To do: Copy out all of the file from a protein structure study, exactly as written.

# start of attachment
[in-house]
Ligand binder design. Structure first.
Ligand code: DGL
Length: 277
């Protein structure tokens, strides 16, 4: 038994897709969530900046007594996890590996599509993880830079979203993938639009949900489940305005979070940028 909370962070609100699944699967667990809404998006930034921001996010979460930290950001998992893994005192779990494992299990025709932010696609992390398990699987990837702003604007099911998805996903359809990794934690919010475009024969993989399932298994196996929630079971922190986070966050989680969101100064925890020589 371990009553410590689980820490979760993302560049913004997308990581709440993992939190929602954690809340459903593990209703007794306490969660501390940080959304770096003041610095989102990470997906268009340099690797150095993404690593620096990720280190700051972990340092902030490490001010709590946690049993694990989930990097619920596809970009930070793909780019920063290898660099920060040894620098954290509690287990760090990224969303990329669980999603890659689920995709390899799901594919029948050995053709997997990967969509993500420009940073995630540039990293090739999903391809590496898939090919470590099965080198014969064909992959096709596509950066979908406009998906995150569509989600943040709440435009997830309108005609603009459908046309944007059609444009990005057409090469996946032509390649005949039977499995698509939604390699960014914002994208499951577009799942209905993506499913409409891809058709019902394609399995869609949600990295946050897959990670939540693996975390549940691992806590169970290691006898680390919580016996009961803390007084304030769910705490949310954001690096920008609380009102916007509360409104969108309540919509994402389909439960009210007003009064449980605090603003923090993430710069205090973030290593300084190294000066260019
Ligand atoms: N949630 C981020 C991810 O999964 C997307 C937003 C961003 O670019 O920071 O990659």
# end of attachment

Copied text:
[in-house]
Ligand binder design. Structure first.
Ligand code: DGL
Length: 277
């Protein structure tokens, strides 16, 4: 038994897709969530900046007594996890590996599509993880830079979203993938639009949900489940305005979070940028 909370962070609100699944699967667990809404998006930034921001996010979460930290950001998992893994005192779990494992299990025709932010696609992390398990699987990837702003604007099911998805996903359809990794934690919010475009024969993989399932298994196996929630079971922190986070966050989680969101100064925890020589 371990009553410590689980820490979760993302560049913004997308990581709440993992939190929602954690809340459903593990209703007794306490969660501390940080959304770096003041610095989102990470997906268009340099690797150095993404690593620096990720280190700051972990340092902030490490001010709590946690049993694990989930990097619920596809970009930070793909780019920063290898660099920060040894620098954290509690287990760090990224969303990329669980999603890659689920995709390899799901594919029948050995053709997997990967969509993500420009940073995630540039990293090739999903391809590496898939090919470590099965080198014969064909992959096709596509950066979908406009998906995150569509989600943040709440435009997830309108005609603009459908046309944007059609444009990005057409090469996946032509390649005949039977499995698509939604390699960014914002994208499951577009799942209905993506499913409409891809058709019902394609399995869609949600990295946050897959990670939540693996975390549940691992806590169970290691006898680390919580016996009961803390007084304030769910705490949310954001690096920008609380009102916007509360409104969108309540919509994402389909439960009210007003009064449980605090603003923090993430710069205090973030290593300084190294000066260019
Ligand atoms: N949630 C981020 C991810 O999964 C997307 C937003 C961003 O670019 O920071 O990659």